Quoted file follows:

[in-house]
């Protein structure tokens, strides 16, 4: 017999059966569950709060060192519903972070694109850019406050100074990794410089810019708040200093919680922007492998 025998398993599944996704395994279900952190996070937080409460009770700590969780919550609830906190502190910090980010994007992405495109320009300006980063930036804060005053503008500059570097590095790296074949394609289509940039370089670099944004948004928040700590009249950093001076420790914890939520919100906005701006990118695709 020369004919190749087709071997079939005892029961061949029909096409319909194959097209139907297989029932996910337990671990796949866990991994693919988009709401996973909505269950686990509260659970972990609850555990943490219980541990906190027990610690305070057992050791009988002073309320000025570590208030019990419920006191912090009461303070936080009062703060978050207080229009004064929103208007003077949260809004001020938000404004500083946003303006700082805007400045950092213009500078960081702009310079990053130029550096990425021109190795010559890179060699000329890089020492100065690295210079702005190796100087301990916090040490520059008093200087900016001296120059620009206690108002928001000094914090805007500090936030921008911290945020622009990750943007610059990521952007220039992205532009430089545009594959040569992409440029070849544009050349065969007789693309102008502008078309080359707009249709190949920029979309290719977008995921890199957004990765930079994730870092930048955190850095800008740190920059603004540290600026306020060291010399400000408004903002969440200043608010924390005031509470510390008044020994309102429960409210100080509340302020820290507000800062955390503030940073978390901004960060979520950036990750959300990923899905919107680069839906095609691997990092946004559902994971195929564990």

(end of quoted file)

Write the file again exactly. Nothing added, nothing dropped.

[in-house]
């Protein structure tokens, strides 16, 4: 017999059966569950709060060192519903972070694109850019406050100074990794410089810019708040200093919680922007492998 025998398993599944996704395994279900952190996070937080409460009770700590969780919550609830906190502190910090980010994007992405495109320009300006980063930036804060005053503008500059570097590095790296074949394609289509940039370089670099944004948004928040700590009249950093001076420790914890939520919100906005701006990118695709 020369004919190749087709071997079939005892029961061949029909096409319909194959097209139907297989029932996910337990671990796949866990991994693919988009709401996973909505269950686990509260659970972990609850555990943490219980541990906190027990610690305070057992050791009988002073309320000025570590208030019990419920006191912090009461303070936080009062703060978050207080229009004064929103208007003077949260809004001020938000404004500083946003303006700082805007400045950092213009500078960081702009310079990053130029550096990425021109190795010559890179060699000329890089020492100065690295210079702005190796100087301990916090040490520059008093200087900016001296120059620009206690108002928001000094914090805007500090936030921008911290945020622009990750943007610059990521952007220039992205532009430089545009594959040569992409440029070849544009050349065969007789693309102008502008078309080359707009249709190949920029979309290719977008995921890199957004990765930079994730870092930048955190850095800008740190920059603004540290600026306020060291010399400000408004903002969440200043608010924390005031509470510390008044020994309102429960409210100080509340302020820290507000800062955390503030940073978390901004960060979520950036990750959300990923899905919107680069839906095609691997990092946004559902994971195929564990």